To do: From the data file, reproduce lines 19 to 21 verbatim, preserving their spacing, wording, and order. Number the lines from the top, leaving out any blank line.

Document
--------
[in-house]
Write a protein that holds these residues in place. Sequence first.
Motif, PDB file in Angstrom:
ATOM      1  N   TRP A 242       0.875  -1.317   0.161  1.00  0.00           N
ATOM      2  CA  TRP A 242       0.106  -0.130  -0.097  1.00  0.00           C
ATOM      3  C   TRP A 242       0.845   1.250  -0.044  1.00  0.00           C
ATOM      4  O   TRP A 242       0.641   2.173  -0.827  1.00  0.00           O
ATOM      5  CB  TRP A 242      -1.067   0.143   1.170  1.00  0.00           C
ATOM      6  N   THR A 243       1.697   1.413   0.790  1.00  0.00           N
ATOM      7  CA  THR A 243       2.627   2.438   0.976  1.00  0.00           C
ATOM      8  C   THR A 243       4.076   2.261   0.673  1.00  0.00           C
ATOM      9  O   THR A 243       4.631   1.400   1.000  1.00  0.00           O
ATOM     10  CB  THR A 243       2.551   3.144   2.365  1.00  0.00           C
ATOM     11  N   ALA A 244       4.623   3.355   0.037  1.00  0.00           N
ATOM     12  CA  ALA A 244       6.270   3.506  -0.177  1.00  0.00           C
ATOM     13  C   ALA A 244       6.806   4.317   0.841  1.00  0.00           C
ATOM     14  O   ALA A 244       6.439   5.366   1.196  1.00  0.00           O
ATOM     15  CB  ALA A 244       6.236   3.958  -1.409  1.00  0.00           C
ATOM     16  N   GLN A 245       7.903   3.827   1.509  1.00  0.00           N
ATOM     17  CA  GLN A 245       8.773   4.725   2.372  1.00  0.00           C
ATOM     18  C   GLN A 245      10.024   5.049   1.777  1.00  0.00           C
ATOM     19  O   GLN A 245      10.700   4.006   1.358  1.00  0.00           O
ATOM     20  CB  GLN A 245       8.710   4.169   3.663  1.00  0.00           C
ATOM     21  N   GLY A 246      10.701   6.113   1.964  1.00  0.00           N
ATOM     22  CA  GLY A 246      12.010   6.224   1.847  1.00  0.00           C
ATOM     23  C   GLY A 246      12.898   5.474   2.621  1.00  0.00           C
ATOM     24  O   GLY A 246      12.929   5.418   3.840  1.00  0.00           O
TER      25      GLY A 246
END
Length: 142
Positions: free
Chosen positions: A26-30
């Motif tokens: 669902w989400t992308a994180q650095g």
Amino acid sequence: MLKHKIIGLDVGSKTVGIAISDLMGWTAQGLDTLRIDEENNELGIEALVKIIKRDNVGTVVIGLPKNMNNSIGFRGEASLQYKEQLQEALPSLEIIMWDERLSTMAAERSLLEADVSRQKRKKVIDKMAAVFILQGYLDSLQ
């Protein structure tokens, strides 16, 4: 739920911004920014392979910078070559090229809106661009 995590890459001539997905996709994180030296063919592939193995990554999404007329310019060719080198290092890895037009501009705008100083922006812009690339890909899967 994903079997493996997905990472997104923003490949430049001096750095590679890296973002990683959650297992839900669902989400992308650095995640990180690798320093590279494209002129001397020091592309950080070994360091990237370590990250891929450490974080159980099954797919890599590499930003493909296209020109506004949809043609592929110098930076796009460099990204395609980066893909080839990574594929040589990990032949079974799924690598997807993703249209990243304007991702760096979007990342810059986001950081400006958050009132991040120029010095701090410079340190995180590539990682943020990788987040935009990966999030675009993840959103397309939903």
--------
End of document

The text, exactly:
ATOM     16  N   GLN A 245       7.903   3.827   1.509  1.00  0.00           N
ATOM     17  CA  GLN A 245       8.773   4.725   2.372  1.00  0.00           C
ATOM     18  C   GLN A 245      10.024   5.049   1.777  1.00  0.00           C